Thursday, 10 June 2010

Daniel Kitson: 66A Church Road

Tonight we're going to see the marvellous Daniel Kitson perform his theatrical monologue 66A Church Road: A Lament, Made of Memories and Kept in Suitcases. So, I thought I'd take the opportunity to repost the (brief) review I wrote when I first saw the show, at Edinburgh in 2008. 

(Since then I've also posted on the two shows he did at Edinburgh last year: The Interminable Suicide of Gregory Church (another 'story show') and We Are Gathered Here (stand-up))

66A Church Road is at the end of a brief tour (at the New Players' Theatre in London until Sunday), but you can join Daniel Kitson's mailing list here.


The final show of the night was Daniel Kitson in 66A Church Road. I didn’t know much about it in advance except that it was a meditation on a flat in which he lived for a number of years, and that his shows are more like theatrical monologues than stand-up routines. As he began to speak, it became apparent that he Church Road he was talking about was in Crystal Palace – a regular haunt just up the road from Murphy Grange. Even stranger, one of the people we’d gone to the show with has inhabited the same road for years, but had no idea Daniel Kitson lived in the area.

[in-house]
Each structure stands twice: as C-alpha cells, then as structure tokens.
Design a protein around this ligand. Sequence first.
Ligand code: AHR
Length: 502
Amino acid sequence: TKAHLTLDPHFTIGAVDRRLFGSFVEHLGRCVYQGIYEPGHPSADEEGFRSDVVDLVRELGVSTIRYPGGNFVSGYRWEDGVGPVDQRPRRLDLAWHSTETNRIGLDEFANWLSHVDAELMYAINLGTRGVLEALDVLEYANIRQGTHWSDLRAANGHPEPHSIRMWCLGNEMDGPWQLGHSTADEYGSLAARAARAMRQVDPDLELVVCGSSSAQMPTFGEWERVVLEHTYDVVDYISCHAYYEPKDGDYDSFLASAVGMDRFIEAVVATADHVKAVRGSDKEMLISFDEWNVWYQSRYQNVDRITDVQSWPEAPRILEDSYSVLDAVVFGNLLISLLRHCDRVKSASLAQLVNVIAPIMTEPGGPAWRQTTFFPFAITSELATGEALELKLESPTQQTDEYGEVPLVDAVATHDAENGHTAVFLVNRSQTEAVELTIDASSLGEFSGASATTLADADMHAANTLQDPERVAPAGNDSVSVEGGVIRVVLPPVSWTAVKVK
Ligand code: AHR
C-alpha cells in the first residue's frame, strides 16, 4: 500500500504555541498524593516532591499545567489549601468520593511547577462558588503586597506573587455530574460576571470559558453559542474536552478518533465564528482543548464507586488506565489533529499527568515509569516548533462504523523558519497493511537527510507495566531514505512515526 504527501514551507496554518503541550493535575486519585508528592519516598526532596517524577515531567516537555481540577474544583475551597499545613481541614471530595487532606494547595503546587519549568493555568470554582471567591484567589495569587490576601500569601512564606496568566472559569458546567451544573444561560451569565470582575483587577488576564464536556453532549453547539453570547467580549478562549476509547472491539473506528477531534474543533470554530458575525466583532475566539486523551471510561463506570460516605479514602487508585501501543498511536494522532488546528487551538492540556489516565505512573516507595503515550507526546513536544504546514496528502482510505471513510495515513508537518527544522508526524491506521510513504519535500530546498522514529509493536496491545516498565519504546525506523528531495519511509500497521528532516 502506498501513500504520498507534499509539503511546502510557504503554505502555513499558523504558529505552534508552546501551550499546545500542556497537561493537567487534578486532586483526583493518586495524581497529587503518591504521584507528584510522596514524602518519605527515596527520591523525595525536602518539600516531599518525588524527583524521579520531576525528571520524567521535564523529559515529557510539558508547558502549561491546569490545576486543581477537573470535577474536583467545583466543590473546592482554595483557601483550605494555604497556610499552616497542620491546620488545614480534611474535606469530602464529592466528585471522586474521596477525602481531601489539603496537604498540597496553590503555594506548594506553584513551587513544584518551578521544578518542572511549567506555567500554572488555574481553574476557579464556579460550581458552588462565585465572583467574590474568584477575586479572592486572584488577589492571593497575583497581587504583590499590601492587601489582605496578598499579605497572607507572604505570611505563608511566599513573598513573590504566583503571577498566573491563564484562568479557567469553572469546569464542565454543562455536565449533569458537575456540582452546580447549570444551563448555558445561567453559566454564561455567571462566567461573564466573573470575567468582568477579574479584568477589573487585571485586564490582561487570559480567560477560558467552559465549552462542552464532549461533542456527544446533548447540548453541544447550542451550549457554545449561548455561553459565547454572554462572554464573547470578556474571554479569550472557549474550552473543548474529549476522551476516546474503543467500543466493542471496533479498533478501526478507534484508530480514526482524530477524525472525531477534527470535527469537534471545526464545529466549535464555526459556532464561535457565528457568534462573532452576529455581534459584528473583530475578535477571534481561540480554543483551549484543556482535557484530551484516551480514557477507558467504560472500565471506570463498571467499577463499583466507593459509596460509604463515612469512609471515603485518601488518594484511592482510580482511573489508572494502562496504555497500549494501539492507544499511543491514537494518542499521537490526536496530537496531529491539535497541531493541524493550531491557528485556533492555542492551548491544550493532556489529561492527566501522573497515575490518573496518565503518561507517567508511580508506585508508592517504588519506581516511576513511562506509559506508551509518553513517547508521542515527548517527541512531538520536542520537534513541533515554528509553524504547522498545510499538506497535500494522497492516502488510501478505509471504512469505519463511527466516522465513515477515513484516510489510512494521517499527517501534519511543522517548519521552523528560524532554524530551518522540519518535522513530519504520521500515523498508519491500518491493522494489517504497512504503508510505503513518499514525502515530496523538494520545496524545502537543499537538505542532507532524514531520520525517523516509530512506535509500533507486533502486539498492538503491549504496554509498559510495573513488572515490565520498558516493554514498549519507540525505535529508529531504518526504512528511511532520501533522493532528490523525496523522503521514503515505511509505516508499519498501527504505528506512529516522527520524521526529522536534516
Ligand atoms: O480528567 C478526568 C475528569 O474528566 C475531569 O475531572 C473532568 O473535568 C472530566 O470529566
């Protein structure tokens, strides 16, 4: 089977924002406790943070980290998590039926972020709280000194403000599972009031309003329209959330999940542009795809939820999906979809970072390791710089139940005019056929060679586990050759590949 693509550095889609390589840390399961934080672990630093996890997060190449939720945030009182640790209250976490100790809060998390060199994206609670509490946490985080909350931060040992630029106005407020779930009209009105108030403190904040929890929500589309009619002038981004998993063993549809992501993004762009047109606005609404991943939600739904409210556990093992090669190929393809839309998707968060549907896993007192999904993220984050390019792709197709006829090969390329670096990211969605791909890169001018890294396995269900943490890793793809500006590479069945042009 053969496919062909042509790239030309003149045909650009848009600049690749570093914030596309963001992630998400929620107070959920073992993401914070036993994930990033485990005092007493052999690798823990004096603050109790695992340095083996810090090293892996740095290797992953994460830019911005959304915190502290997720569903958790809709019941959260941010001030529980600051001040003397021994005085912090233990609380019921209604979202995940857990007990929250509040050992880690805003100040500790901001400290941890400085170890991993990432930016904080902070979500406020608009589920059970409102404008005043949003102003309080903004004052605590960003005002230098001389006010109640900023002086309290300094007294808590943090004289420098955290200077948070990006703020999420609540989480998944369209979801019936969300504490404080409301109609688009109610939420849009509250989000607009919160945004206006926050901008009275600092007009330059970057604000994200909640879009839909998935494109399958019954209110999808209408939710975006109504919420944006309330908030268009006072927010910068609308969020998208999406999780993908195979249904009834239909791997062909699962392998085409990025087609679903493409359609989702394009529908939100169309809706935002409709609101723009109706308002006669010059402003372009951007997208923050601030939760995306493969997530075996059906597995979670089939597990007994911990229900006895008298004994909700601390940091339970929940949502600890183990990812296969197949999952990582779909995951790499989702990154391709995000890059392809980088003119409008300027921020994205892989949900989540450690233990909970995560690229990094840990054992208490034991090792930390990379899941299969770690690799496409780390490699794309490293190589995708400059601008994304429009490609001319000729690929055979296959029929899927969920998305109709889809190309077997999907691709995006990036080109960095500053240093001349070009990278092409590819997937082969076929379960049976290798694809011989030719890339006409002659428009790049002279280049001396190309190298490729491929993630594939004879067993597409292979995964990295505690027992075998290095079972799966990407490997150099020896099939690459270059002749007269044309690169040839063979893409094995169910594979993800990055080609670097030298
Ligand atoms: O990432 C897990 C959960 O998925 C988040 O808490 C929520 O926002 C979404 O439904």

Maybe it helped that we knew the places he was talking about, but the show was mesmerising – thought-provoking, funny, profound and moving. Kitson’s slightly shambling and socially awkward persona (plus his characterisation of his soulless landlord) draw you in and make you laugh, while his observations on memory and the significance of ‘home’ make you want to go back and look at your own domestic situation from a brand new perspective. His relationship with the flat - which he loved despite, or because of, all its faults - also provided a surprisingly apt metaphor for all our personal relationships.

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